Why I Support Open Borders

As some of you may know, I have had fairly extensive experiences in several theatres/chapters of the ongoing migrant crisis in Europe. What follows is an outline of my experiences. It leads up to my assessment of the problem, why I think open borders and territorially-defined nationalism will eventually become obsolete, and why I am opposed to the deportation of the so-called ‘DREAMERS’ from the US.

I have met, befriended, and lived alongside many refugees. I am also, however, very sober, I believe, in my assessment of the situation.

One thing that stood out to me about many/most migrants was their often delusional optimism of the life that awaited them in Europe. This is, in my opinion, part of why the ongoing refugee crisis is so enormously dangerous.

The vast majority of single male migrants (whom I believe to be the majority of migrants) are what I would describe as sexual/economic migrants. Basically, they are under the impression (often quite falsely, sometimes somewhat correctly) that the doors to Europe are literally wide open—that they just have to show up and will be awarded a European wife, money and a place in society. The reason this is so dangerous is that, even if they come to Europe with the full intention of embracing secular liberalism, once they find themselves isolated at the fringes of society (and this is inevitable for many of them), they will feel they’ve been duped by the Western media and, therefore, turn to nothing other than its perceived binary antithesis—radical Islam.

For example, while hitching in eastern Turkey, I got a ride by this super cool dude who was stoked to talk to me because he was an agricultural scientist who spoke very good English (by Turkish standards) and was a closeted Dawkins-reading atheist. He invited me to crash at his place, where I met a Somalian dude who was working for the Turk to save up money to continue his journey to Europe. This guy spoke even better English than the Turk, although he was still by no means a native speaker. This guy was excited to talk to me because his dream was to eventually get to the US. I was like “You sure you want to go there? I don’t think it’s so awesome. You have no terribly employable skills, and will be lead an isolated life, dependent on welfare and at the margins of society.” He was incredulous to hear this, and cheerfully responded that he would “be an English teacher” and that he “already knew what the West and the US were like from watching TV”. I’m sure this guy was a fish out of water back in Somalia, but I can imagine things being as bad or worse as an asylum seeker in the West. I remember also meeting, two years later, another Somalian working the night shift at a hostel in Athens, leading a sort of life in limbo (at least in his head) because he was denied admittance into Germany or wherever. Given the gulf between expectation and reality, as well as the gulf betweentheir native culture and the culture of the West, it is hardly surprising when I hear of Somalis freaking out and stabbing random Europeans.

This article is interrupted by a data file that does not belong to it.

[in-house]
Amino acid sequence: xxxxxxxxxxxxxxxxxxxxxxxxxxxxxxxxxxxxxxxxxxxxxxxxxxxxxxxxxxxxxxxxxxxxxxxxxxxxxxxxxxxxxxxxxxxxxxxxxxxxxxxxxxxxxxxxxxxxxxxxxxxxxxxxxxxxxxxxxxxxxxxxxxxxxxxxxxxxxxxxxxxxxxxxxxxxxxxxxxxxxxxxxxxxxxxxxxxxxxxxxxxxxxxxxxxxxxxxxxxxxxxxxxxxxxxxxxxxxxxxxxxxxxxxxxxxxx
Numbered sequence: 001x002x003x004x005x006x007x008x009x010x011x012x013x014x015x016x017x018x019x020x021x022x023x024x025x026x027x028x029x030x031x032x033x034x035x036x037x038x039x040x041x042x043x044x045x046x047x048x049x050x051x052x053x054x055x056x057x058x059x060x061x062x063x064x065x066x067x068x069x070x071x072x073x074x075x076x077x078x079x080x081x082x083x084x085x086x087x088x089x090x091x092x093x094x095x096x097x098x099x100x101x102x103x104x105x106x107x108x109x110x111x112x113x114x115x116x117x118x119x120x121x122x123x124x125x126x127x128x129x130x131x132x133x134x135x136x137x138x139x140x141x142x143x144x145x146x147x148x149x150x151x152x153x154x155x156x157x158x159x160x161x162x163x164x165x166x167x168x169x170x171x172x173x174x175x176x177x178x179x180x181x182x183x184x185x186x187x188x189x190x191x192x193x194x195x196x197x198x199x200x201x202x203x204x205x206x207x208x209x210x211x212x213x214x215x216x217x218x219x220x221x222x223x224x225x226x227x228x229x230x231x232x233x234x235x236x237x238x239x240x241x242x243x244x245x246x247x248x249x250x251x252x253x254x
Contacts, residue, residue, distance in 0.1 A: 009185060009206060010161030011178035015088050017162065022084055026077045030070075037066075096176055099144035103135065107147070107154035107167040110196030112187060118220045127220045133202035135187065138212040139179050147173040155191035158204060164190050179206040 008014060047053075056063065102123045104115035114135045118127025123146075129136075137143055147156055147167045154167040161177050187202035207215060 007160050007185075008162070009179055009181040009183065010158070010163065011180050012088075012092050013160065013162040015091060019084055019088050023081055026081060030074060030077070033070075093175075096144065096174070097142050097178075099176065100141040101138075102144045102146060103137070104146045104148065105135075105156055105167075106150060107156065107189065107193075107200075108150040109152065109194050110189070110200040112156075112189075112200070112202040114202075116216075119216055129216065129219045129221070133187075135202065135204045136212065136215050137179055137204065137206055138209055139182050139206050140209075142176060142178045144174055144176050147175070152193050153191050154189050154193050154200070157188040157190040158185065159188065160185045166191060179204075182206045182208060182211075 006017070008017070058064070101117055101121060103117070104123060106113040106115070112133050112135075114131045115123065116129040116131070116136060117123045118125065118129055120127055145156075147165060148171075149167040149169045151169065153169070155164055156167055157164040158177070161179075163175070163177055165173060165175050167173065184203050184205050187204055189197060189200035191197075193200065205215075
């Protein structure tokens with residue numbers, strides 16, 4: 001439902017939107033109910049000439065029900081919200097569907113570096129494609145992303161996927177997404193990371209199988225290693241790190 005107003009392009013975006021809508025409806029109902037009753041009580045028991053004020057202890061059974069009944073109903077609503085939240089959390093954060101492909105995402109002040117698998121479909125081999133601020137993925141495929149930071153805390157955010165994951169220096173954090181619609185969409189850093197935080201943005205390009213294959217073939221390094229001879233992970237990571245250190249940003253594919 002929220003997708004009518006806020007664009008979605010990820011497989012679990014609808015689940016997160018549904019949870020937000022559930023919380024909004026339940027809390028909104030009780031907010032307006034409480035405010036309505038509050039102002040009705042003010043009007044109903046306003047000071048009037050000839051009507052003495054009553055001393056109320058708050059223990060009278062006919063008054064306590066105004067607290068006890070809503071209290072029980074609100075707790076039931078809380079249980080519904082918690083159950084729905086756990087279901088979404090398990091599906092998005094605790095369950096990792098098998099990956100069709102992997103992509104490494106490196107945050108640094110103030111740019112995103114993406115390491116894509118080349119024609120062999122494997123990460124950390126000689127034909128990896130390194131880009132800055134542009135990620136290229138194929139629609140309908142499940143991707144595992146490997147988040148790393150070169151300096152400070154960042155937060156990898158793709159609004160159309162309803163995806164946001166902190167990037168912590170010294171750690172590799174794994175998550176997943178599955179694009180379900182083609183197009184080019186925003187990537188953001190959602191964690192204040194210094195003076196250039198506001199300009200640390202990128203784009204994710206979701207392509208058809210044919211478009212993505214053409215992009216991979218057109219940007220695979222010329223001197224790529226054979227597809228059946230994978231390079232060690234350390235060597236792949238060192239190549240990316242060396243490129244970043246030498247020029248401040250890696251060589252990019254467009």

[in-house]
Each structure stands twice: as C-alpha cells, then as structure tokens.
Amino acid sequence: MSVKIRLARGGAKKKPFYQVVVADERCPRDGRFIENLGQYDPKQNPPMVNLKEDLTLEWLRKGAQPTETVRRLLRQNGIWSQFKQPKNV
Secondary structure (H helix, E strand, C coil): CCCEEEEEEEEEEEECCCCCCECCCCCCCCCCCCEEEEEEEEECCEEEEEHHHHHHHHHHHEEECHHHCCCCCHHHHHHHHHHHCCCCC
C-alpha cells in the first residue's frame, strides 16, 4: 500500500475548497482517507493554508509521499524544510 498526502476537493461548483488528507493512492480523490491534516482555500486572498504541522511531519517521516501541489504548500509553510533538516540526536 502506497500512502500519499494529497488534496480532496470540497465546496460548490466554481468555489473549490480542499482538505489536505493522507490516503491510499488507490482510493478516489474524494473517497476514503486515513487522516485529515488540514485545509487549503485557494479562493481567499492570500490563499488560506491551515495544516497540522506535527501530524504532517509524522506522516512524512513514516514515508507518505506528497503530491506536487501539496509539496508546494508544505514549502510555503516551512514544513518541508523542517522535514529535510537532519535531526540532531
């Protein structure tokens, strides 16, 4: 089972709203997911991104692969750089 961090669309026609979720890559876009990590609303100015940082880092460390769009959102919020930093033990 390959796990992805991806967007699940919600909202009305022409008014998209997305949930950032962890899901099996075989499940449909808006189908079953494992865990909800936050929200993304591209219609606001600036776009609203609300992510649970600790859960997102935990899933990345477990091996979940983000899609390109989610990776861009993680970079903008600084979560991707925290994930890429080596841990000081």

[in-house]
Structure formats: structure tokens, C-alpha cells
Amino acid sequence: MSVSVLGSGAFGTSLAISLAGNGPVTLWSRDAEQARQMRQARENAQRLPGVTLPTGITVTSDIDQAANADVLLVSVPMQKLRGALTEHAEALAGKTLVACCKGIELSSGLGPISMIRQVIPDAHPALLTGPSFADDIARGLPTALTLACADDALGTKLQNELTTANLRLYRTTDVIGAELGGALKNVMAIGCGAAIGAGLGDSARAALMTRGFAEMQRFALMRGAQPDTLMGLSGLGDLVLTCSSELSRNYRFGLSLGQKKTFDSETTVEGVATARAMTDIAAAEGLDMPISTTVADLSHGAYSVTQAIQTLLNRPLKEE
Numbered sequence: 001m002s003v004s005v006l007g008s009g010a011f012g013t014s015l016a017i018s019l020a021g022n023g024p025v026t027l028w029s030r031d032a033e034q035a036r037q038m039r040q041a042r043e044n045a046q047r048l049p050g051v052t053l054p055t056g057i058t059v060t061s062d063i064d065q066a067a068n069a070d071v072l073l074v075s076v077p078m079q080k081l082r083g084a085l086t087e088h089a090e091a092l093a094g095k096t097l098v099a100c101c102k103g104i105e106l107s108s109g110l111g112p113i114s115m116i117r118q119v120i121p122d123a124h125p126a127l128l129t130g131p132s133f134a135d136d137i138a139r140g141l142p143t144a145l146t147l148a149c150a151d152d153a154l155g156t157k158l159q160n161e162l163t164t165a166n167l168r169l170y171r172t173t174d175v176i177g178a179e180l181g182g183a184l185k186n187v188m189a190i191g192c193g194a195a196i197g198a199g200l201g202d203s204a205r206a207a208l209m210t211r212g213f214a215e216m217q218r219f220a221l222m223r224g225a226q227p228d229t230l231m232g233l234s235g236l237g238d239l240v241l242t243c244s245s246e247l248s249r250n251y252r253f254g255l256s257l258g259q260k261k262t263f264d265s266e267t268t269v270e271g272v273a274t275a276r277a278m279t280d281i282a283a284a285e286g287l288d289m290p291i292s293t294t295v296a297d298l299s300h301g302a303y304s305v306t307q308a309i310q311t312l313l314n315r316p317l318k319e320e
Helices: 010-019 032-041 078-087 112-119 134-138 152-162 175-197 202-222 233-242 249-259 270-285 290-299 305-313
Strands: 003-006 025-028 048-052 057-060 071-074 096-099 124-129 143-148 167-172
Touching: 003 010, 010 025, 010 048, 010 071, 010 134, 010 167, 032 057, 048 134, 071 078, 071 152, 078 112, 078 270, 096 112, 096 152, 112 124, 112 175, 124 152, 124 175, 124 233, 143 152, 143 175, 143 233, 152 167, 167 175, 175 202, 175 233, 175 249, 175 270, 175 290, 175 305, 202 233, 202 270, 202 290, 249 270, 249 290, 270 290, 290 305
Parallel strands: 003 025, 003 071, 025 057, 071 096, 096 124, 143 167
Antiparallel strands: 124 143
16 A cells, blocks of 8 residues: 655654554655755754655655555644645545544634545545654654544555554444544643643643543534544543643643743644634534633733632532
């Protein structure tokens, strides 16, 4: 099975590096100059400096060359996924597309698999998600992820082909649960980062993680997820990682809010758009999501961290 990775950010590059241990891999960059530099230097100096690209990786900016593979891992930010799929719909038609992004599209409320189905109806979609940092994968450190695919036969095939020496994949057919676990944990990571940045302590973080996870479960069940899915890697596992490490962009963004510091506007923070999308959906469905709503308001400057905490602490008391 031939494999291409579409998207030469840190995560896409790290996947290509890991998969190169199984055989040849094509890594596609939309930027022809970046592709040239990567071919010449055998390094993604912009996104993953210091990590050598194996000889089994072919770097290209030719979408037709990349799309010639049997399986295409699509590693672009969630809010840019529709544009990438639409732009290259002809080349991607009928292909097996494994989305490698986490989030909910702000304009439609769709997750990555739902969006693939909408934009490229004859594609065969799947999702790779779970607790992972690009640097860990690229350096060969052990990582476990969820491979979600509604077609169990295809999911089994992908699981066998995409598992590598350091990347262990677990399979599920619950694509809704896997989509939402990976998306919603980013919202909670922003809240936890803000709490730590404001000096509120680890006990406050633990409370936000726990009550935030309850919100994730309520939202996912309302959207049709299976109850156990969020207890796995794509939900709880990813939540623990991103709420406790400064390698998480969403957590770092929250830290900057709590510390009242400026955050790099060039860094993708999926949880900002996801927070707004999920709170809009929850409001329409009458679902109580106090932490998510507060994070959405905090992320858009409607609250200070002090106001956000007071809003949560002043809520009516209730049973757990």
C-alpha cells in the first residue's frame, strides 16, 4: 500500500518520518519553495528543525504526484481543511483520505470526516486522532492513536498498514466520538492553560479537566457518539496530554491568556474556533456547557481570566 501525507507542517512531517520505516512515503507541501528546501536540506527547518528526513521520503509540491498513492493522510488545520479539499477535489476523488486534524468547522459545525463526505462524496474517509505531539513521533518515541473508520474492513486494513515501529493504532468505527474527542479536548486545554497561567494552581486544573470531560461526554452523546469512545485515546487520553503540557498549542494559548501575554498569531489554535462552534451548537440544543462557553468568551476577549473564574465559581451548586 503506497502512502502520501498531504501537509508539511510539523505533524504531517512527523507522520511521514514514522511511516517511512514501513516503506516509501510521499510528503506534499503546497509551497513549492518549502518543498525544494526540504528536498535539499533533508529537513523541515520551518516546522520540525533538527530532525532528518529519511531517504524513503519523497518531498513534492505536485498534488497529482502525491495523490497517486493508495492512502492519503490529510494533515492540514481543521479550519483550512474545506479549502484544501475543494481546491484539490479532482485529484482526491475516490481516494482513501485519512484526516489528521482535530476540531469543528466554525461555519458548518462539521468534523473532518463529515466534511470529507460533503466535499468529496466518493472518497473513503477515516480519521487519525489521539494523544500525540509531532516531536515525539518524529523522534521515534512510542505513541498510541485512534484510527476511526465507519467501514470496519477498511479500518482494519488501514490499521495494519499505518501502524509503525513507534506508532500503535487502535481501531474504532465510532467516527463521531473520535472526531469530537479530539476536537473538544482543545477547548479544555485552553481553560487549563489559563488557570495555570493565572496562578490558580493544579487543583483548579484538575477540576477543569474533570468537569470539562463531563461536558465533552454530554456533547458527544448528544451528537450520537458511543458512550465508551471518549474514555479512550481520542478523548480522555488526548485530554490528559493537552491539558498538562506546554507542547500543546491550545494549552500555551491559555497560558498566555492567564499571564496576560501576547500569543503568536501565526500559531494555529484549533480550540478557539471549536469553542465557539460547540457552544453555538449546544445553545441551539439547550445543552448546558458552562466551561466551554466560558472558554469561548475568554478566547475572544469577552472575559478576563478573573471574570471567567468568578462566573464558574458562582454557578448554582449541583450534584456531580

That said, about 95% (98%?) of the migrants I met two years later on Lesvos speak little/no English.

One year ago I arrived on Lesvos, one of the eastern-most Greek islands, just a short boat ride from Turkey. It was a spontaneous idea I had hike in Athens after realizing that I’d have a week off from work. I showed up with literally no idea of the situation or where to go. I just started hitching, and my first ride was a trio of “no borders, solidarity activist” girls with shaved heads. They took me to Moriah aka “Afghan Hill”, which was where all the non-UN-designated refugees would wait for up to 7 days to get their papers to move on to the Greek mainland. They’d show up in the middle of the night after all the photo-op, type-A volunteers would pick them up from the beaches, and then a shuttle bus would dump them off, confused and often wet. We’d give them tents and sleeping bags and food and whatever and, most importantly though usually most lacking, information.

The place was like a filthy hell hole. Most of the people here were random freelance volunteers like me, not Mercy Corps or UNHCR or whomever. I was one of a couple other people who would camp at the improvised volunteer camp. For me it was great because it was I could just hang out and get free food. For me, it was largely recreational (and extremely illuminating and, of course, on an individual level I did want to help all the migrants, and hope that they succeed) rather than a matter or virtue signaling or ideology. At one point, I made a big plywood sign that read “Lesbian Heroes”, which I was trying to make stick as the named or our ragtag group of random freelance volunteers. Of course, some of the upstart humanitarian careerists (or those who wanted to put this shit on their resumes) were trying to co-opt the improvised nature of our setup, and came up with some name “Better Days for Moriah”.